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Around 30% of the world’s animal and plant species can be found in the Amazon rainforest, including about 2,000 species of mammals and birds, and more than 2 million types of insects. So how many did I see on my recent visit? That’s right – not very many at all!

Most rainforest animals know to keep well clear of human beings, especially humans who are travelling round in noisy groups. To have any chance of seeing anything very much you would have to walk quietly in the jungle for several days, preferably with a guide who knows where to find the animals. Even then, you would have to be very lucky to see a jaguar or a boa constrictor.
I was pleased to see quite a lot of river dolphins – both the pink and the grey variety – although they were always far too quick for me to get any good pictures. Similarly with the monkeys – it was easy to spot where they were because the branches would start moving vigorously, but much more difficult to photograph them. Three toed sloths, though, are a different matter. Very hard to spot, often looking more like a large lump of foliage than anything else, but once you see one it tends to stay where it is long enough for a few pictures.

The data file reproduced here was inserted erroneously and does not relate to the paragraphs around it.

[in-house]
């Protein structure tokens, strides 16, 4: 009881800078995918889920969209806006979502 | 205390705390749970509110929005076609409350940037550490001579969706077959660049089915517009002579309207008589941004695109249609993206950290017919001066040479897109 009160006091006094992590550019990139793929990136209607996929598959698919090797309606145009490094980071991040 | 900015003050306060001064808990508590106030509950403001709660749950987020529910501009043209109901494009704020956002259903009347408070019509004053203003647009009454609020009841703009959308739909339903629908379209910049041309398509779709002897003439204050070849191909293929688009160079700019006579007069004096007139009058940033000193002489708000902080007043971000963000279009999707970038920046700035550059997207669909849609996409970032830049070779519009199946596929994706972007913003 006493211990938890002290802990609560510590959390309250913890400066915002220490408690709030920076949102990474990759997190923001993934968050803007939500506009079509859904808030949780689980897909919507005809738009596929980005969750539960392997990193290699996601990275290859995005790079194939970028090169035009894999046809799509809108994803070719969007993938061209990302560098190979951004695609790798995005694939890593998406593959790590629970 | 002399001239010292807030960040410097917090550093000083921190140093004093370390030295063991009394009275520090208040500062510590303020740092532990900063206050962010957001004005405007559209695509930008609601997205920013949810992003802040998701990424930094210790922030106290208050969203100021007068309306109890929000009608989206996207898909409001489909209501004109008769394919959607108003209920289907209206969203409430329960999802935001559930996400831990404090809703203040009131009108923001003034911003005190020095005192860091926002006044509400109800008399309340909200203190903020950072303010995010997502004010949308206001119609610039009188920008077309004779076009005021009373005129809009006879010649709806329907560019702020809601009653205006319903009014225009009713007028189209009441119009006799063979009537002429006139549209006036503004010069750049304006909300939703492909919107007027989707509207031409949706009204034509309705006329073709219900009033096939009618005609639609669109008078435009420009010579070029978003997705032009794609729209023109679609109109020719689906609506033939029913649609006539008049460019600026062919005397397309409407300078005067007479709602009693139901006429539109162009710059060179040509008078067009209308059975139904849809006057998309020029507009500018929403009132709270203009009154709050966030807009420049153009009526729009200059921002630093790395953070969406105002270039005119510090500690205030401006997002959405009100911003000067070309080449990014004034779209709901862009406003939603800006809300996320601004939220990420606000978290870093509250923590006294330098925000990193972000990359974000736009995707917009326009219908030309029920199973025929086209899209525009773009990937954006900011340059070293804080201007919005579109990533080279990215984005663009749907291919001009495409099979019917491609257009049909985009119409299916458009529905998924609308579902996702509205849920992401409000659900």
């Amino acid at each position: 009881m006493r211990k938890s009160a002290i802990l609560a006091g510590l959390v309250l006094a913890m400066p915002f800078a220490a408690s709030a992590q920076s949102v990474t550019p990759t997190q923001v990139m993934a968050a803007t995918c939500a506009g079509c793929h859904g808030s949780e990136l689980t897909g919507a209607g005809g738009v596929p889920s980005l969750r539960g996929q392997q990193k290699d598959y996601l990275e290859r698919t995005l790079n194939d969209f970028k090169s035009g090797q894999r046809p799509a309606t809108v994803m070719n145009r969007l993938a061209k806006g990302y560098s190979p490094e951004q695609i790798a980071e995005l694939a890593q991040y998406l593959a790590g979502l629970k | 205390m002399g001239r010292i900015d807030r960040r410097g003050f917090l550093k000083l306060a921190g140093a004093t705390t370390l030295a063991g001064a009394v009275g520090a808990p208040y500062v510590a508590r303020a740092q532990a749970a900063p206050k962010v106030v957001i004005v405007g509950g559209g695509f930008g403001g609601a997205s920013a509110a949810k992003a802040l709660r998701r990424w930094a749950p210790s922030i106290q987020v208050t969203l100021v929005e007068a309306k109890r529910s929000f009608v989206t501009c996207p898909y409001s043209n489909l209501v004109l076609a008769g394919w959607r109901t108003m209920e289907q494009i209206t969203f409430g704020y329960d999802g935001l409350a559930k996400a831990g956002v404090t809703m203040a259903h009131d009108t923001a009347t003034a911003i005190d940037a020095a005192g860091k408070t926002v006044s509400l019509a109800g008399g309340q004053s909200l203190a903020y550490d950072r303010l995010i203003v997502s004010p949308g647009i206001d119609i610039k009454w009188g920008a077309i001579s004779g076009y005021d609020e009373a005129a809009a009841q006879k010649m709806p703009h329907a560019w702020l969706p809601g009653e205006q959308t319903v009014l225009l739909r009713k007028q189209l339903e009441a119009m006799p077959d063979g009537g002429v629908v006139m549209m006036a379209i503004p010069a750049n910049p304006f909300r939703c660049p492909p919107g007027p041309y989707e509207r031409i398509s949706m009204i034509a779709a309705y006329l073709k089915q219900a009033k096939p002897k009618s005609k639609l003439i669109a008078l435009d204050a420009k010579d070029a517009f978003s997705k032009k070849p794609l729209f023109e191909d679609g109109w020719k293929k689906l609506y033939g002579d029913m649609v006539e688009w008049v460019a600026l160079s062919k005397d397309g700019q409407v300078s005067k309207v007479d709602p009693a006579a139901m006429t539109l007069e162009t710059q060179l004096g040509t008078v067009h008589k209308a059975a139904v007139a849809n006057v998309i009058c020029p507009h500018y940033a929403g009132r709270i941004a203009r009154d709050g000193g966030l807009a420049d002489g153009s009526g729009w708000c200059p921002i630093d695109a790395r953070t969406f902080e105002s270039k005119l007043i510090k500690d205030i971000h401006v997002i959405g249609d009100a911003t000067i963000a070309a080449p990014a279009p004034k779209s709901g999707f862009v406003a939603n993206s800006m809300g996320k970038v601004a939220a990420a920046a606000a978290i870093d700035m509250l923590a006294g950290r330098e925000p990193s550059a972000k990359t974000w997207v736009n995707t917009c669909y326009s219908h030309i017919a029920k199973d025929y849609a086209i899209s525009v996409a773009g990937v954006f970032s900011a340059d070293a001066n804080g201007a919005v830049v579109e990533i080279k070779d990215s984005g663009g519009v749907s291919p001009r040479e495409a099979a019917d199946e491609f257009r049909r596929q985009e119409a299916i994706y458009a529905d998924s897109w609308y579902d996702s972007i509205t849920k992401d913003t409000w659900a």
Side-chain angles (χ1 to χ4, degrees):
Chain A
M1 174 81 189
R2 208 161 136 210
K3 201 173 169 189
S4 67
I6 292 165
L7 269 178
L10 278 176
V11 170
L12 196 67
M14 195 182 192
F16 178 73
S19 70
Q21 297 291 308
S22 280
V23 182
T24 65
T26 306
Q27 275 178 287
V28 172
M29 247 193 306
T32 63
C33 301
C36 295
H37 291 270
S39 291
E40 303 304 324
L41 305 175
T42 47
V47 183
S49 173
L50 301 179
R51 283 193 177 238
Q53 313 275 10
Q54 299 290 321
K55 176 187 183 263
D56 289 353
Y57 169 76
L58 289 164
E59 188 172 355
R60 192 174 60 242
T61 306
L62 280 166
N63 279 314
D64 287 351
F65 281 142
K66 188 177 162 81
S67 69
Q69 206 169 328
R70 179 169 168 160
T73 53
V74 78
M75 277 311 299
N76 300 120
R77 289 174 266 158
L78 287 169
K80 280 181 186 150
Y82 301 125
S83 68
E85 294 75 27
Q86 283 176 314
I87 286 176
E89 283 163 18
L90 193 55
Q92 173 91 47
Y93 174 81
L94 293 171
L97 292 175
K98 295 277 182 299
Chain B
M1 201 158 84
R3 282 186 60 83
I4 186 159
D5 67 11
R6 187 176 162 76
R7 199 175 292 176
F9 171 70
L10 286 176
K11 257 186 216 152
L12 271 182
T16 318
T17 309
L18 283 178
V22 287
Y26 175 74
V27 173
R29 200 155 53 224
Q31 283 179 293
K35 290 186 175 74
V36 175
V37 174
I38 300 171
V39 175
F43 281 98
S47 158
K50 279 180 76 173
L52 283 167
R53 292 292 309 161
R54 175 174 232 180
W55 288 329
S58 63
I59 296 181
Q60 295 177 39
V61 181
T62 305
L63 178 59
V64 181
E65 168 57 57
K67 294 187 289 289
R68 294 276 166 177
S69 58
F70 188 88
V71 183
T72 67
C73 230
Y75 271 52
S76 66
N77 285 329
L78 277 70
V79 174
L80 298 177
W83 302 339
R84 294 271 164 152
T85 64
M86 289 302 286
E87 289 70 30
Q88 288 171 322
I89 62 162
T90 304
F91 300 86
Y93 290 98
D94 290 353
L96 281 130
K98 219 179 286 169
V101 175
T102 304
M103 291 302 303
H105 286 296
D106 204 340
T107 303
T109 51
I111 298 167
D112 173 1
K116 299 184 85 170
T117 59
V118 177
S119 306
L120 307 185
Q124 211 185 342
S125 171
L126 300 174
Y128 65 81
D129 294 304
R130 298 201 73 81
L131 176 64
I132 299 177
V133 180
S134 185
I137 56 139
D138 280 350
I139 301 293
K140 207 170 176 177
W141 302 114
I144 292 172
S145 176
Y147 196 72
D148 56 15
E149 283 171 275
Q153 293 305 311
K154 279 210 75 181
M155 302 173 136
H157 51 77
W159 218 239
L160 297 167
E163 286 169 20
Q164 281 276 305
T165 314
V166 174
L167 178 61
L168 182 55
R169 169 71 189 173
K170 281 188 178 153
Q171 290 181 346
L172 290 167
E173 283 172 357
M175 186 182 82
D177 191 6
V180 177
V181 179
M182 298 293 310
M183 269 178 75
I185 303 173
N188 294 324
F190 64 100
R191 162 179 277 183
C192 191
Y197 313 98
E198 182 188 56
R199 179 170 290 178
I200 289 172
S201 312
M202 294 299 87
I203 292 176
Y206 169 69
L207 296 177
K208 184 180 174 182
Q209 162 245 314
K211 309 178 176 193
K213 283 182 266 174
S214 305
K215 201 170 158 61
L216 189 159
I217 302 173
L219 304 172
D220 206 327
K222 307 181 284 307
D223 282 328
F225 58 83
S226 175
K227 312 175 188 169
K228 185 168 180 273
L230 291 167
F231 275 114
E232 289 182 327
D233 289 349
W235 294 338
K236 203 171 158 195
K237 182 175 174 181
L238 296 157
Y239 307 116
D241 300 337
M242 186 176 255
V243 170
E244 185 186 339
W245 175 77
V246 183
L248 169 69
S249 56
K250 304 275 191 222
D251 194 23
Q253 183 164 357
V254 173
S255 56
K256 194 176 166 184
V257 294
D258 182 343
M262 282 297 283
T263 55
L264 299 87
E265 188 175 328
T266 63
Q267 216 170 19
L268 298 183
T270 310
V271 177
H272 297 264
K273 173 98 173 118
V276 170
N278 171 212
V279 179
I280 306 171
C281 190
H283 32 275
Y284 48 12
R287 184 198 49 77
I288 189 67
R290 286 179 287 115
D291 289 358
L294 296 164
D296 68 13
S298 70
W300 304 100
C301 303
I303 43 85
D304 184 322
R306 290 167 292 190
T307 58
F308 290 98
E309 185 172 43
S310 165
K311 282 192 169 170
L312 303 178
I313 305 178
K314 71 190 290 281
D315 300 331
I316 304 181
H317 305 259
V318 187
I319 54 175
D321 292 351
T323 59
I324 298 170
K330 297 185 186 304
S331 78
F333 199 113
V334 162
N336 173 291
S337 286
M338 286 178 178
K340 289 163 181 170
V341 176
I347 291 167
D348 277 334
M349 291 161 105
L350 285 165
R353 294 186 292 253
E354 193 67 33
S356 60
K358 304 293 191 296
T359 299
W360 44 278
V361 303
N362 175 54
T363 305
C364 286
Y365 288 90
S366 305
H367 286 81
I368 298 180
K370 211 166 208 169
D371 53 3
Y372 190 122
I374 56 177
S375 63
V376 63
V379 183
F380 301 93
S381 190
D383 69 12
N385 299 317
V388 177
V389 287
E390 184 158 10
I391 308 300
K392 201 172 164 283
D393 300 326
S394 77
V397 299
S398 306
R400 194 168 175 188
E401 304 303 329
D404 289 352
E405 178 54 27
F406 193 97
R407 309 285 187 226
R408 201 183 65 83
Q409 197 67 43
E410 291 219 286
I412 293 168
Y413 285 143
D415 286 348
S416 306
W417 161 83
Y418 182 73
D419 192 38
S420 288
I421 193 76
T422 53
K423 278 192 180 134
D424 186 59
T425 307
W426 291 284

Three toed sloth

Three toed (or pale throated) sloth

Along the smaller rivers you can spot green iguanas (well camouflaged and very fast) and water buffalo. The nearest I got to seeing a caiman was a head that some villagers had put on top of a pole.

Water buffalo

Water buffalo

We did better with birds. Vultures turned up everywhere: in the markets as fishermen gutted their catch and threw the rest away, perched on piles of rubbish, or circling above the forests. On the river there were long billed terns, egrets and the occasional hummingbird, and, in the smaller rivers, flycatchers and kingfishers. In all, I think we saw 27 species of bird that were new to us.

Black vultures

Black vultures perched on a ship in Belem


Great egret

Great egret

And of course, with over 2 million species to choose from, we saw lots of bugs. The tarantula was lured from its hole by a guide who knew where to find it, but we saw many types of moths, butterflies and other bugs as we went around.


Amazon bugs

Amazon bugs (not sure what they’re all called!)

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